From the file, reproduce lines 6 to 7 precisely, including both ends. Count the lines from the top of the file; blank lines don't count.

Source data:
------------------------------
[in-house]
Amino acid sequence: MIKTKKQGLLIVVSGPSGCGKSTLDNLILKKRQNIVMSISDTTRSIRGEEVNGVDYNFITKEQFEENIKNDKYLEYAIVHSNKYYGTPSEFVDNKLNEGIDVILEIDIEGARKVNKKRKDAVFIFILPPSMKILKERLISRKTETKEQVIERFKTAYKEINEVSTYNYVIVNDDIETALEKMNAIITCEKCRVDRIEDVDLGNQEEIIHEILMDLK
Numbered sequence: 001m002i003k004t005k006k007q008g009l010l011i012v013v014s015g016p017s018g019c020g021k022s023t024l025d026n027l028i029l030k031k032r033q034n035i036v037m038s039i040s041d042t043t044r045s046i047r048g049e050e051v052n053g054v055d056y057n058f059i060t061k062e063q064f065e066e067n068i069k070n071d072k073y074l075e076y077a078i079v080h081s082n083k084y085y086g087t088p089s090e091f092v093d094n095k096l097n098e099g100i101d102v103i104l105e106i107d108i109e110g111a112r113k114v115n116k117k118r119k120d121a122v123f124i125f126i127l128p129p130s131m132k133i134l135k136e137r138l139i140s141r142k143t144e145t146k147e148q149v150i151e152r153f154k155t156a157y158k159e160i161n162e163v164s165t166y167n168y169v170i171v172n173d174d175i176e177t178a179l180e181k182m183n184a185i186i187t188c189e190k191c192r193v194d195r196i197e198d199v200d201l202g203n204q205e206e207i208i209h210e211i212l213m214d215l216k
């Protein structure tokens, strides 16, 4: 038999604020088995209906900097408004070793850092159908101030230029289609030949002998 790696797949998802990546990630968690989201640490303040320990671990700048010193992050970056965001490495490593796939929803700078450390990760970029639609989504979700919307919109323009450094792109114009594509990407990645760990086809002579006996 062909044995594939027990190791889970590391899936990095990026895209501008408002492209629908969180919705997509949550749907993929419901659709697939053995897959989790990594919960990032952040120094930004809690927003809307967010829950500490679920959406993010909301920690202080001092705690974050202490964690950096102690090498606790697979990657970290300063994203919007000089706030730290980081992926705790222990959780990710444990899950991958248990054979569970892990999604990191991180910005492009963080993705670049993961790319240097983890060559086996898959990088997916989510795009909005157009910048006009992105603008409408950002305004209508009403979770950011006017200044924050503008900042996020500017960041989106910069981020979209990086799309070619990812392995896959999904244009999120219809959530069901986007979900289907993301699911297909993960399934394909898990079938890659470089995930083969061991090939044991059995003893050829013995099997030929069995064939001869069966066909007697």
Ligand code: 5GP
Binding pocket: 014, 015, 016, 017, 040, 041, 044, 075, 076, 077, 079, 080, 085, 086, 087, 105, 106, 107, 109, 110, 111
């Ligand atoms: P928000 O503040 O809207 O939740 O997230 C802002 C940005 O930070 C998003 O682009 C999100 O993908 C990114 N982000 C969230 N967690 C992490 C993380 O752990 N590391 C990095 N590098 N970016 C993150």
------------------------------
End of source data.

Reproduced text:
Binding pocket: 014, 015, 016, 017, 040, 041, 044, 075, 076, 077, 079, 080, 085, 086, 087, 105, 106, 107, 109, 110, 111
């Ligand atoms: P928000 O503040 O809207 O939740 O997230 C802002 C940005 O930070 C998003 O682009 C999100 O993908 C990114 N982000 C969230 N967690 C992490 C993380 O752990 N590391 C990095 N590098 N970016 C993150």